|Court File No. 684/00
SUPERIOR COURT OF JUSTICE
B E T W E E N:
HALPERN et al.,
- and -
CANADA (ATTORNEY GENERAL) et al.,
Court File No. 30/2001
A N D B E T W E E N:
METROPOLITAN COMMUNITY CHURCH OF TORONTO,
- and -
CANADA (ATTORNEY GENERAL) et al.,
AFFIDAVIT OF DR. ADÈLE MERCIER
I, Adèle Mercier, professor, of the City of Kingston in the Province of Ontario, MAKE OATH AND SAY:
I hold M.A.'s in Philosophy from the University of Ottawa and the University of California at Los Angeles (UCLA), an M.A. in Linguistics from UCLA, a Ph.D. in Philosophy from UCLA as well as a C.Phil. (Ph.D. minus dissertation) in Linguistics from UCLA. UCLA is internationally recognized as one of the best universities world-wide for the study of logic, philosophy of language and mind, and linguistics. I did two years of post-doctoral work at the Center for Studies in Language and Information at Stanford University in California, as well as at the Centre de Recherche en Epistémologie Appliquée of the Centre National de la Recherche Scientifique in Paris, France. I am currently a Queen's National Scholar and tenured Associate Professor in the Department of Philosophy at Queen's University. I am cross-appointed to the Linguistics Program, and have several, related, areas of expertise.
My work as a philosopher is principally in the philosophy of language and the philosophy of mind. My work as a linguist is principally in the semantics and pragmatics of natural language. I have an unusually broad background in both philosophy and linguistics. I am competent in a wide range of areas within these disciplines, including semantics and syntactic theory, ethics, metaphysics, epistemology and logic.
The philosophy of language is a branch of philosophy that deals with such questions as: how words acquire meanings and how speakers succeed in transmitting them to each other; whether and how we know the meanings of the words in our language; what the relation is between the meaning of the word and the objects in the world to which the word refers; how we can refer to things that don't or no longer exist; under which conditions linguistic usages are sexist or racist; whether kinds of things (biological kinds like dogs, chemical kinds like water, social kinds like marriage, functional kinds like chair, and so on) are objective or natural or constructed by language; and other questions of this sort. I have published numerous articles and written a large number of papers dealing with all of these topics. I am currently writing a book on what a word, what a language and what a linguistic community fundamentally are.
The philosophy of mind is a branch of philosophy close to the philosophy of language which deals with such questions as: what concepts are and how they are acquired; what role experts play in our acquisition of concepts; what social norms are, how they come to be, and how we know them; whether and how we know the contents of our own thoughts; what kind of objects thoughts are; how thought and language are related; how we succeed in thinking about objective things in the world; how conceptual change comes about and how that is related to linguistic change; whether and how language shapes perceptions of reality; and other questions of this sort. I have published articles dealing with all of these topics. One of my published articles on language and mind was awarded a Special Distinction at one of the yearly meetings of the American Philosophical Association.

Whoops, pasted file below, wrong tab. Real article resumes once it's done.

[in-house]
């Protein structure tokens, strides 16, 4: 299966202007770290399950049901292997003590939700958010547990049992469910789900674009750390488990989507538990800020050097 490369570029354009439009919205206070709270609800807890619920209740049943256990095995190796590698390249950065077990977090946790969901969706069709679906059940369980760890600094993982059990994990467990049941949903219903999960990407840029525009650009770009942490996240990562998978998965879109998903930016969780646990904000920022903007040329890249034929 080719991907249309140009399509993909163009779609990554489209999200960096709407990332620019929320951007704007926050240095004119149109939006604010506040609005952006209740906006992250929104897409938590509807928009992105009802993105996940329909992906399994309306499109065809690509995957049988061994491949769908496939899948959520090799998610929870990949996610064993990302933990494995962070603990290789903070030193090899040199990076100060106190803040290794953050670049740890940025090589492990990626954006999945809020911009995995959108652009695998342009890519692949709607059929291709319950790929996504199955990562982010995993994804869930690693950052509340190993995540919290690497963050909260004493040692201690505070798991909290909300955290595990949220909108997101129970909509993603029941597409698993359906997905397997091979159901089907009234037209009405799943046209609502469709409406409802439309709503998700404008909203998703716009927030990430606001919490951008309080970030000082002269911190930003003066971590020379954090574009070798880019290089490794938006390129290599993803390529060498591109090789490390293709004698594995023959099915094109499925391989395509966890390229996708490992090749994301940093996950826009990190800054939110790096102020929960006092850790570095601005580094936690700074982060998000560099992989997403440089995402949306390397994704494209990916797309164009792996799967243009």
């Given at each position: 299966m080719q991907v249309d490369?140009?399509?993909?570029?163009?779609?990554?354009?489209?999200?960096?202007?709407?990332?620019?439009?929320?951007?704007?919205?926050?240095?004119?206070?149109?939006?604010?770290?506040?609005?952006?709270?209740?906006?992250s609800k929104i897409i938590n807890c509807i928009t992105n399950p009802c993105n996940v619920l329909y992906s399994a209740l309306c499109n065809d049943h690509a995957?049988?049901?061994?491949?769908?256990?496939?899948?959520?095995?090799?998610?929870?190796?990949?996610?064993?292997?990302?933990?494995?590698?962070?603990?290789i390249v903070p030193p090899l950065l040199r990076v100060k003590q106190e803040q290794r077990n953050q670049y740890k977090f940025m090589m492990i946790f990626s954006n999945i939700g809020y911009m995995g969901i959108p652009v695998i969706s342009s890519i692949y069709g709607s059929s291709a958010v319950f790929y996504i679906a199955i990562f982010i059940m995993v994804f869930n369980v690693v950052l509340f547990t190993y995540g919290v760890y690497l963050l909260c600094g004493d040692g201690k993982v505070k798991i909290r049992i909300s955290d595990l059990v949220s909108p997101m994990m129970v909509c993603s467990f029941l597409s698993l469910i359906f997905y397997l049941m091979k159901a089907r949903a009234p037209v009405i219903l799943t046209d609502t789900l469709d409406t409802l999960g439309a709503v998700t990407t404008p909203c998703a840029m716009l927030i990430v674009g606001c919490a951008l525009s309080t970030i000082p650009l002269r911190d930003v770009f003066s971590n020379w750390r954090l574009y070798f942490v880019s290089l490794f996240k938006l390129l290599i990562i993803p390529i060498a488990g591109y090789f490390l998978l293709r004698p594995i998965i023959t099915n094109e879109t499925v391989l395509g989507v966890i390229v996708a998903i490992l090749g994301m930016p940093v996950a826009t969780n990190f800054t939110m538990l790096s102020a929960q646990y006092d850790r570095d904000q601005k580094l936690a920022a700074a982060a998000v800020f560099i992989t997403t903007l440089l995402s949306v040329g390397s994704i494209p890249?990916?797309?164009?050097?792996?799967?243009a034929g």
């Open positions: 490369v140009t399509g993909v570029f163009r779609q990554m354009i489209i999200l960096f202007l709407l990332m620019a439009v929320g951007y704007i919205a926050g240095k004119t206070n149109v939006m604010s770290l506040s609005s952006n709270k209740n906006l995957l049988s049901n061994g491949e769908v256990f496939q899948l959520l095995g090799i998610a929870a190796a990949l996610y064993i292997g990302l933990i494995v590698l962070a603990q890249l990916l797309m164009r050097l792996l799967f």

The study of the semantics and pragmatics of natural language is both a theoretical and an empirical study which treats of such questions as: how, in natural languages (i.e. those spoken by humans, as opposed to formal languages like mathematics, and computer languages) different kinds of words mean what they mean; how one and the same linguistic expression can be used in different senses or to perform different functions; how speakers and hearers communicate certain kinds of information that remain unstated in the sentence; what role context plays in what is said; what distinction exists between what is meant and what is said; and other questions of this sort. My linguistic expertise always influences my work in philosophy.
On the basis of my analysis of the affidavits filed in this matter by Professor Susan Ehrlich and Professor Robert Stainton, it is my opinion that Professor Staintons criticisms of Professor Ehrlich are based on faulty reasoning: his arguments are either question-begging, irrelevant or based on a significant misstatement of Professor Ehrlichs position.
In his affidavit filed in response to Professor Ehrlich's affidavit, Professor Stainton rejects her position, concluding that extending the definition of 'marriage' to include lesbian and gay couples would have to alter the very meaning of the term, which "is in conflict with the normal use and development of language." (para. 64) In this affidavit, I review each of Professor Stainton's arguments and demonstrate why, in my professional opinion, his analysis cannot be supported.
ON PROFESSOR STAINTON'S PART II: WHAT THE WORD 'MARRIAGE' MEANS
10. Only sound reasoning leads to true conclusions. Reasoning is sound if and only if (a) its premises are true and (b) the conclusion follows from the premises by correct application of the principles of logic. I will show that Stainton's argument in his affidavit is unsound, as it violates time and again at least condition (b) above. I will show that Stainton's views are either tautological (i.e., question-begging), fallacious, or irrelevant.